The women's 20km race in Chihuahua (© Organisers)
Maria Guadalupe Gonzalez, Eder Sanchez and Jose Leyver Ojeda battled strong winds to provide an unprecedented sweep for Mexico in the second stop the IAAF Race Walking Challenge, held on Saturday (7) in the northern city of Chihuahua.
After a below-par year, 2009 world bronze medallist Sanchez’s 20km win capped a magic Saturday for the host nation, after the victories by Gonzalez in the same distance and Ojeda in the 50km.
Ojeda blazes the trail
The 2012 Olympian took the first win of the day by covering the longest distance in 3:50:28, the second-fastest time ever on the Chihuahua course.
Joined by his countrymen Jorge Alejandro Martinez and Luis Amauri Bustamante until past the halfway mark, the 2011 Pan American Games silver medallist held off fast-finishing Cristian Andres Chocho of Ecuador, who finished six seconds adrift.
“This is the third time I’ve won here,” said Ojeda. “This is a tough race, being the first one of the season, and my legs are still heavy from training. Every competition takes a physical toll on you and rivals are becoming increasingly stronger.”
Winner in 2011 and last year, he joined fellow Mexican Omar Zepeda as the two most successful 50km race walkers at the Chihuahua stop of the challenge, with three wins each.
Bustamante secured third place in 3:52:17, a personal best by 1:43 minutes, in a close battle with New Zealand’s Quentin Rew, who finished one second behind. Seven men broke the four-hour barrier.
Australia’s three-time Olympian and 2007 challenge winner Luke Adams dropped out after the 20km mark.
Historic win for Gonzalez
In the 20km, Maria Guadalupe Gonzalez achieved what no other Mexican woman had: a win in the 12-year history of the challenge.
The national record-holder was joined by five other women with a few kilometres to go and found an extra gear to break the tape in 1:32:42, making history in the process. She covered the second half 1:20 quicker than the first.
“I knew the course from last year, when I was third,” said the 26-year old, who posted the third-fastest time ever on the Chihuahua course. “I stayed in the lead group and sped up in the last kilometres and managed to win. I believe this performance should be enough to qualify to the Pan American Games.”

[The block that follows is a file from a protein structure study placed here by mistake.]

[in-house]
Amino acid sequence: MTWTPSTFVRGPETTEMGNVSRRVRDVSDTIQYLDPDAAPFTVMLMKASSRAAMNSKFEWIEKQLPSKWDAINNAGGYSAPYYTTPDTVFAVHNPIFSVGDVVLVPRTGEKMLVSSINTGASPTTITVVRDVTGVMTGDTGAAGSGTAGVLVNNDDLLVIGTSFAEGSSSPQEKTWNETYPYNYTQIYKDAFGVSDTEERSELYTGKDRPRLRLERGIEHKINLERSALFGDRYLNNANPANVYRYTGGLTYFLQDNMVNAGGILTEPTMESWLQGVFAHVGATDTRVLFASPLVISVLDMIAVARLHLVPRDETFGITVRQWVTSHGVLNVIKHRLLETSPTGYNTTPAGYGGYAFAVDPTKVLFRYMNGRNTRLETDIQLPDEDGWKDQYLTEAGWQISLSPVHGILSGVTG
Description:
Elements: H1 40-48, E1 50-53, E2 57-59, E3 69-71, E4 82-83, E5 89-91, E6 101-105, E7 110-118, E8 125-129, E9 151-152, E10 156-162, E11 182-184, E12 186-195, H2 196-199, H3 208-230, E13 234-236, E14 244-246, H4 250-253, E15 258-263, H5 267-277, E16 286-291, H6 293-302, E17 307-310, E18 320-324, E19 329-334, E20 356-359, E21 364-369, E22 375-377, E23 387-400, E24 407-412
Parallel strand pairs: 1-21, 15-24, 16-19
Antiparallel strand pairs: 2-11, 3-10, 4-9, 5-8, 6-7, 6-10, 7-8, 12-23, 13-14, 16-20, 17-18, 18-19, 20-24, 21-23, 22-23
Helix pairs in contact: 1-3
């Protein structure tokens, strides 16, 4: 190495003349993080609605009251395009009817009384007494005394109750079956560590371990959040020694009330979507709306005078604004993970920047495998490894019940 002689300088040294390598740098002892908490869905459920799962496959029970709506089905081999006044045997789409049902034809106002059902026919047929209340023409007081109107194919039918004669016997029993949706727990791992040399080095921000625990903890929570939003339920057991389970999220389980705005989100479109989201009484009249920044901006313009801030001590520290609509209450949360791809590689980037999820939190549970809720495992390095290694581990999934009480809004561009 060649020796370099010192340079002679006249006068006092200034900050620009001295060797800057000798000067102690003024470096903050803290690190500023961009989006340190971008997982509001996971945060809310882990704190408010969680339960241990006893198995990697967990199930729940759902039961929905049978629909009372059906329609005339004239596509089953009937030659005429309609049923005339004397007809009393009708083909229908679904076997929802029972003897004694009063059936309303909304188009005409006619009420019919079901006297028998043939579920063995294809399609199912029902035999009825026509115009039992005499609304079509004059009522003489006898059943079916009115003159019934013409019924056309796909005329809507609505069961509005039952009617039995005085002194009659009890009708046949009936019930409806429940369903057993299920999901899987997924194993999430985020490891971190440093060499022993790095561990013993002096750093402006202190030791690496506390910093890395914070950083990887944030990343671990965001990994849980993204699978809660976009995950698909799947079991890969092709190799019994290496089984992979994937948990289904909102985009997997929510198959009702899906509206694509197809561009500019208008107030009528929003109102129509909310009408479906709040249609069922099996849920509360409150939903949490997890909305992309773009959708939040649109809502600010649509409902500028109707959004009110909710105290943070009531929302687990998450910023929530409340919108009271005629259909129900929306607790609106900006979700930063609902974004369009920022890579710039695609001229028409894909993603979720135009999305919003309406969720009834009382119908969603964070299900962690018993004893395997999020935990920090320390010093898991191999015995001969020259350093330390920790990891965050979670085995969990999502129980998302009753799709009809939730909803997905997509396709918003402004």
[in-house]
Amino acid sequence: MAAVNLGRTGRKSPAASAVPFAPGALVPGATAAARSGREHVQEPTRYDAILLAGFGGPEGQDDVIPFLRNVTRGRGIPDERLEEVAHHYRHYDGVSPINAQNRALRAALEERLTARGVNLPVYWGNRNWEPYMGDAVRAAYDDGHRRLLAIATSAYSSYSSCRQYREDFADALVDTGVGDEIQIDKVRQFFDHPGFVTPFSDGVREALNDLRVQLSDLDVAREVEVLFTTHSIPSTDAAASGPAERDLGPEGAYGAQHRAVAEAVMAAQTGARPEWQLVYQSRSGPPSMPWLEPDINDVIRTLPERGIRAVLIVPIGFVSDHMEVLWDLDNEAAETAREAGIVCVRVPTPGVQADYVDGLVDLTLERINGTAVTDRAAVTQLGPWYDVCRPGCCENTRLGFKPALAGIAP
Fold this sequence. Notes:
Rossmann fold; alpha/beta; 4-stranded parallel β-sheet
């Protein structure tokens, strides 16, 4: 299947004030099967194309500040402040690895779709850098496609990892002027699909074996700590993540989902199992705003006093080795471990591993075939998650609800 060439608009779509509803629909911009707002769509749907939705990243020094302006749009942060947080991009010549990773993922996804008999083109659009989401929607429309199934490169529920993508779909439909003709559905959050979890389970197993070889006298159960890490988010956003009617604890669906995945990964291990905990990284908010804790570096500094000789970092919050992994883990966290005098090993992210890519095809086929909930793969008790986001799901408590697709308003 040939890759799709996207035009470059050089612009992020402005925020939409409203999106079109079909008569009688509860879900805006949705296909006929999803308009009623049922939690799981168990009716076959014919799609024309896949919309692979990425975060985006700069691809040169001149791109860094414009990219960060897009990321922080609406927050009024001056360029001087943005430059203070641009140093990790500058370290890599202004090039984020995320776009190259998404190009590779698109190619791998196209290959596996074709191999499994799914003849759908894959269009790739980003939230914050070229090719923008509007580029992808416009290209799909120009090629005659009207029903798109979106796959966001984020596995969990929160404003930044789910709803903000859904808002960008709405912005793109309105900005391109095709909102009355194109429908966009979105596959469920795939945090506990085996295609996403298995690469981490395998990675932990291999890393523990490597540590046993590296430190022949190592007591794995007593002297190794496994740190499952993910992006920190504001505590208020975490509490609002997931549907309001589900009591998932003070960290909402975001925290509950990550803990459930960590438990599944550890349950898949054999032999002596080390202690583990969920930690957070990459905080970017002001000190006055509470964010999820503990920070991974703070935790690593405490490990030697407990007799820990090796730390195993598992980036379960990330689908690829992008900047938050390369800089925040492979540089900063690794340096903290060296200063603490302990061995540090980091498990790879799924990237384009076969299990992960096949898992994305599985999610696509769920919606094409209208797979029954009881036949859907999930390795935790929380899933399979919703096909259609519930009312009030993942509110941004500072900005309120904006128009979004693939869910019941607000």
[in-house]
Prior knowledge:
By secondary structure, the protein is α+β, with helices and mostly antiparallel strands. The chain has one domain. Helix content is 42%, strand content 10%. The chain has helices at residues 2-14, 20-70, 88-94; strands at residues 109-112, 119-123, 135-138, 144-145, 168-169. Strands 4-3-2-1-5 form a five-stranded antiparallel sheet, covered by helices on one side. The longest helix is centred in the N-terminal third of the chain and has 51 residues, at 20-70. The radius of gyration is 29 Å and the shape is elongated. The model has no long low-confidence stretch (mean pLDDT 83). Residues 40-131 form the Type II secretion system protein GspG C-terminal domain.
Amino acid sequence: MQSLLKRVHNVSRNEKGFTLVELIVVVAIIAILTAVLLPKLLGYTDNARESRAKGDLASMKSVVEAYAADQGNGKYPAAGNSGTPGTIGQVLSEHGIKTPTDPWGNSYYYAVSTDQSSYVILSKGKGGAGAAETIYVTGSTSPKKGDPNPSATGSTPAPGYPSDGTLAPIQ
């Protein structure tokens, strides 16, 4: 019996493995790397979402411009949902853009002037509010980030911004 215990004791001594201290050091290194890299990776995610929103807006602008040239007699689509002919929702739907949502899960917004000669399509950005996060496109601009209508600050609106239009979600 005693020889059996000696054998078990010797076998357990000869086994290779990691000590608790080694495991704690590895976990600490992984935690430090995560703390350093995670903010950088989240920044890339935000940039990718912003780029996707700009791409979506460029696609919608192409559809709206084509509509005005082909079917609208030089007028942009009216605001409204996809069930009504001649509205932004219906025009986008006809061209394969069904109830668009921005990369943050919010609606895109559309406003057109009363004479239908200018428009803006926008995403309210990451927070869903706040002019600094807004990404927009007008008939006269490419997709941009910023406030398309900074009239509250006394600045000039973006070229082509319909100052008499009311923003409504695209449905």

Former South American record-holder Erica de Sena of Brazil (1:32:57) and Ana Cabecinha of Portugal (1:33:26) rounded out the podium. For the latter, it was her third consecutive podium finish in Chihuahua and denied her compatriot Ines Henriques a sixth podium place in the Mexican race. Henriques settled for fourth, 11 seconds later.
Mexico’s 2012 World Cup junior race silver medallist Alejandra Ortega made her 20km debut with a promising 1:34:07 for fifth, one minute faster than South American record-holder Kimberly Garcia (1:35:17) of Peru.
Trailing by 47 second in 11th place after the halfway mark, Colombia’s defending champion Sandra Lorena Arenas dropped out shortly after.
Sanchez is back
Eder Sanchez confirmed he is capable of returning to the world elite by taking the closest of his five wins in the Mexican leg of the challenge.
Sanchez and eight other men stayed together until 15 kilometres, when he, Olympic silver medallist Erick Barrondo and another Mexican, Isaac Palma, winner in Chihuahua in 2013, moved away to battle out for the medals.
Sanchez and Barrondo found an extra gear to move away from Palma and left it until the final stretch, when the Mexican held off the Guatemalan to win by one second, 1:23:00 to 1:23:01.
Palma settled for third in 1:23:11. Australia’s three-time Olympic medallist and two-time challenge winner Jared Tallent did not have a good day and dropped out after five kilometres.
“I am back,” said Sanchez. “I can’t believe it. This is the closest race of the challenge I have competed in Mexico. It was tough due to the strong winds. I made the standard to represent Mexico at the Pan American Cup (in Chile in May). Chile will have a different weather, a desert heat, but I want to earn my spot for the Pan American Games.”
Sanchez is the youngest son of a family of race walkers, which includes 2000 Olympic 50km bronze medallist Joel and 2003 Pan American Games silver medallist Rosario. He is coached by his mother, Graciela Teran.
He is also the only Latin American to win the challenge, back in 2009. His previous victories in Chihuahua came in 2008, 2009, 2011 and 2012. He holds the course record with 1:21:17 from 2012.
In the 10km junior race, Jurgen Grave (41:50) and Stefany Coronado (47:32) took the top honours.
Host to the second stop of the challenge, Chihuahua awarded USD $50,400 in prize money to the top eight in all three elite races. The 11-leg series continues next Saturday in Nomi, Japan, with the Asian 20km Race Walking Championships.
Javier Clavelo Robinson for the IAAF